Special types of trailers also play their part in making road goods transport more environmentally friendly. If different kinds of loads are combined on one trailer, for example, this reduces the proportion of kilometres driven by the vehicle when empty and trucks can then be used more economically and more efficiently. Rhenus Port Road is already adopting this approach now – e.g. with the trailers used by Wijnands Bulk Care and Holz-Reimann, which have both been newly acquired by the Rhenus Group over the past 12 months.
Holz-Reimann currently uses special Euroflat trucks. Their unique selling point is that they look like standard round timber trucks with stakes and can therefore be used to transport timber (see photo). However, if the side doors are put in place and mounted, cargo space is provided into which pellets or wood chips can be filled, for example.
As a result, the vehicle is an ideal means of transport for bulk goods, which can then be unloaded using the tipping function (see photo).
‘In actual practice, using the Euroflat trucks means that the vehicle can supply wood-processing industrial sites with timber and can then transport pellets or sawmill by-products on the return journey. As a result, we can keep the share of unladen kilometres very low and use vehicles in a sensible way both economically and ecologically,’ says Adrian Barten, explaining the flexible ways that the vehicles can be used.
Thanks to the ‘Euro Flat’ vehicle specification that is used at Holz-Reimann, it is currently possible to save 600,000 unladen kilometres every year as planning the trips and orders can be ideally coordinated with the vehicle combination. At present, this corresponds to saving 477 tonnes of CO2 emissions every year.
The combination of trailers at Wijnands Bulk Care illustrates a different practical example. The company exclusively uses tipper bodies, which are equipped with a refrigeration unit and also have a recess for coils. As a result, it is possible to load the vehicles with different types of goods. ‘In practice, this normally means that most of the vehicles transport coils from the Benelux countries to Germany in the morning and carry bulk goods for the construction industry or refrigerated, animal by-products for gelatine production on the return journey to the Benelux nations. This combination means that the vehicles can be used in very different ways, regardless of the types of goods that are being transported – and all this with a low proportion of kilometres travelled when the vehicle is unladen.’
The most frequent type of trailer used by the Port Road division is the so-called walking floor or sliding floor truck, which is used for all kinds of bulk cargo. Thanks to the moving floor, it is possible to transport bulk cargo such as wood chips or sawdust or bulk cargo from the recycling, agricultural and steel industries. One special model of this trailer also has a side door, which also makes it possible to load wide goods that cannot be taken apart. Loading and unloading can take place either by means of a forklift from the side or a crane from above as the trailer has no cross members. By using this kind of trailer, logistics specialists such as Rhenus Port Road are less dependent on the types of bulk cargo since the trailer can also be loaded with other types of goods, e.g. palleted cargo. Thanks to this kind of combination of trailers, it is also possible to transport steel mats, which are used in the construction industry, for example.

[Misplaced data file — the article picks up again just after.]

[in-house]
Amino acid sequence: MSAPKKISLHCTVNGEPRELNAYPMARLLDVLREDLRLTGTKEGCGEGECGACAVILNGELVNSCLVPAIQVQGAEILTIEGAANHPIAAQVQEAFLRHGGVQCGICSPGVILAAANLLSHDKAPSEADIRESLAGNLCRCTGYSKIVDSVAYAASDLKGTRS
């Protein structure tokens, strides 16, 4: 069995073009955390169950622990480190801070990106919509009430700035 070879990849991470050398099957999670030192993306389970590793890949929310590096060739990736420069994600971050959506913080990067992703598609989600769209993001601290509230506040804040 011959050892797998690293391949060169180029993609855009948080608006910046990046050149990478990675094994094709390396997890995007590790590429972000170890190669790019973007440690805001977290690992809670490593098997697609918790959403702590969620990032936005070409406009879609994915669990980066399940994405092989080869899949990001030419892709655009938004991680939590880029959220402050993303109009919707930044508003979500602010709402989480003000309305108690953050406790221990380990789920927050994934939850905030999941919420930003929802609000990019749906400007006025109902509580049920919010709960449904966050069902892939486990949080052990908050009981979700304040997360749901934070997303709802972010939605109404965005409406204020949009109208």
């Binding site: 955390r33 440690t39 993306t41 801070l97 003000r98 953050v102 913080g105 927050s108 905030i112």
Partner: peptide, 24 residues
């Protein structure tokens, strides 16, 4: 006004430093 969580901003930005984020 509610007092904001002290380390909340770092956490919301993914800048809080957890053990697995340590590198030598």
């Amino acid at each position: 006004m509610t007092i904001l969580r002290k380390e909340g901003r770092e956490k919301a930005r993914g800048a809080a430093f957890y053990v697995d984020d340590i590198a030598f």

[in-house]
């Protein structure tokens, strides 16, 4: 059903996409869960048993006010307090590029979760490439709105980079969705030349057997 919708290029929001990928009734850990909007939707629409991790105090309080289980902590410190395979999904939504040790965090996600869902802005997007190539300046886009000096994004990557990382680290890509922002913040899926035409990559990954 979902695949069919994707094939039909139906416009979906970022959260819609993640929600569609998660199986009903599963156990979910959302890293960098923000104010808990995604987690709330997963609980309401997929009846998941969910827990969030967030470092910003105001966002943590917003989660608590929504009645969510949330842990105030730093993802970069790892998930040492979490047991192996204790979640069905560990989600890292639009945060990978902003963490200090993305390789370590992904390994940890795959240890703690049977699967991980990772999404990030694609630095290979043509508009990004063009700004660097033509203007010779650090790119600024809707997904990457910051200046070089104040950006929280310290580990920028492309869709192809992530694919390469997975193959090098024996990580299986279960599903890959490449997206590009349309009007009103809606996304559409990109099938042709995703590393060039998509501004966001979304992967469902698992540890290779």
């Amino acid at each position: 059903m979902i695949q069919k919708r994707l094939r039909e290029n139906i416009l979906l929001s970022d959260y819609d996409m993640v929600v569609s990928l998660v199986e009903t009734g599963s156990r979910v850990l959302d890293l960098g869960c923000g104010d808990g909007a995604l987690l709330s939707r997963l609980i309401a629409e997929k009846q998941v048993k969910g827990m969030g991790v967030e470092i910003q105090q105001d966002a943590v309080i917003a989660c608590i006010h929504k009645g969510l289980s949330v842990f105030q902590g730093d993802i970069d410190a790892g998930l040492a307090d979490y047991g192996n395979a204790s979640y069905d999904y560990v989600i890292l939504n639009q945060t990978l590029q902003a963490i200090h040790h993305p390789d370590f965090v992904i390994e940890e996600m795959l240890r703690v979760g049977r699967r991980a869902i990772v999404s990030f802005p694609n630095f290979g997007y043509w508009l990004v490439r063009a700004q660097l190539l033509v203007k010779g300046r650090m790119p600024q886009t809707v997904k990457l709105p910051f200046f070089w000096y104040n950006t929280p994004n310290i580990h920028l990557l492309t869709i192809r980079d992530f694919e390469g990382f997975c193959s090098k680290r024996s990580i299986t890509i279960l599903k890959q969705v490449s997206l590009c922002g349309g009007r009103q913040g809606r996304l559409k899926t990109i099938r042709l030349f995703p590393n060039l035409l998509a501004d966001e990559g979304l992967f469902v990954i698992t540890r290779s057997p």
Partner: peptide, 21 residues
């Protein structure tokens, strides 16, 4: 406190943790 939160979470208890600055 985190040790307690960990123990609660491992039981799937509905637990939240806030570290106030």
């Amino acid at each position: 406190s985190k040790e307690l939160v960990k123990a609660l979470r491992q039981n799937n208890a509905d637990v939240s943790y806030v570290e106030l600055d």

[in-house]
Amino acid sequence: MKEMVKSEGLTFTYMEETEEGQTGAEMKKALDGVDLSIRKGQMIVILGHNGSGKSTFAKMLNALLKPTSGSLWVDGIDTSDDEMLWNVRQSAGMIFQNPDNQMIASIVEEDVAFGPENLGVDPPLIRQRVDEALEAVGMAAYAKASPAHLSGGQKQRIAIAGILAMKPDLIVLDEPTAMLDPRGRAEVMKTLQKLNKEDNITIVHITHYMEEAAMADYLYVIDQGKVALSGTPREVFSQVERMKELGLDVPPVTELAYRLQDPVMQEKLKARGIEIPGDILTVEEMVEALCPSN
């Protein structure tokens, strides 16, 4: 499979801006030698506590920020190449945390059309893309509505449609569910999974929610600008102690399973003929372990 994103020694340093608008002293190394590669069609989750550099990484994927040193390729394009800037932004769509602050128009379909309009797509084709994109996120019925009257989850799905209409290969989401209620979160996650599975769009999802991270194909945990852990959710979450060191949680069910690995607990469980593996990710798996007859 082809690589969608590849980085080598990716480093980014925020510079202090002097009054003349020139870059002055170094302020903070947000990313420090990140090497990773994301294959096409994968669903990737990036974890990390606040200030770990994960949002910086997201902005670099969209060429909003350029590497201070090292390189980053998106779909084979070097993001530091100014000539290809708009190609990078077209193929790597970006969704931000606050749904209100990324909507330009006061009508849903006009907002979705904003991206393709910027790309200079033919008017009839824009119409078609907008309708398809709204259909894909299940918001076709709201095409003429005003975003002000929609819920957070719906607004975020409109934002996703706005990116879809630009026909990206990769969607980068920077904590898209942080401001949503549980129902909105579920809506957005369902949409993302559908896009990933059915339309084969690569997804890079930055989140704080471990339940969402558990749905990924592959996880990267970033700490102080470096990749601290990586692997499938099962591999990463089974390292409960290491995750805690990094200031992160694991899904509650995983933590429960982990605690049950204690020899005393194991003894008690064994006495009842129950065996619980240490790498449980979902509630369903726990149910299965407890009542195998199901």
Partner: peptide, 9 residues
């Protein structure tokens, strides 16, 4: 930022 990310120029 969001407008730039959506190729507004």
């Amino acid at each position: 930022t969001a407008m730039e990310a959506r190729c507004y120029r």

Another combination which is not frequently encountered is the sliding floor trailer with a Joloda rail system. This makes it possible to lift heavy paper rolls onto the cargo space, and then move them to the correct position inside the vehicle on the Joloda rail by means of leverage where they are properly secured. In addition to transporting paper rolls, the trailer can be utilised for other goods, e.g. bulk cargo. This makes it an extremely flexible combination and can prevent many kilometres of empty travel. For example, this combination of trailers makes it possible to initially supply a paper mill with wood chips for production and then directly transport finished paper rolls on the return journey.
However, how does a logistics specialist discover which routes trigger empty journeys? It is often the case, particularly with large companies, that the individual journeys and trips are not managed by a general transport management system, but are only administered by the particular programmes that are used in individual departments. The solution here is to digitalise operations. Enormous amounts of data occur in the entire logistics sector. If used correctly, they offer huge potential both for freight forwarding companies and logistics specialists when it comes to reducing the number of empty journeys even further with the help of artificial intelligence (AI). Those who use logistics data not only create improved networking for truck drivers and shippers, but can also control all the important stages in the logistics chain in detail. Digital Tracking & Tracing, which is a kind of tracking system for consignments, makes it possible, for example, to gather real-time information such as the payload capacity, arrival times or any delays involving the vehicles. The trucks are equipped with a GPS tracker so that their location is clear at all times. The journeys or departures and trips can then be planned even more effectively.
Logistics specialists can save resources in their processes and in their truck logistics operations for road transport by ideally combining various opportunities. Even if there are already efforts to switch goods transport services to other means of transport which create fewer emissions, e.g. rail or inland waterway services, truck logistics will continue to be extremely important during the next few years. One example of this switch is the fact that most goods are transported by truck – instead of on water – because of the current low water levels in European waterways (correct as of August 2022). In light of this, it is particularly important for logistics specialists to enhance their services in a sustainable and forward-looking way in order to be competitive in future. RHENUS Port Road is able to offer individual and customised services with all the means of transport mentioned here.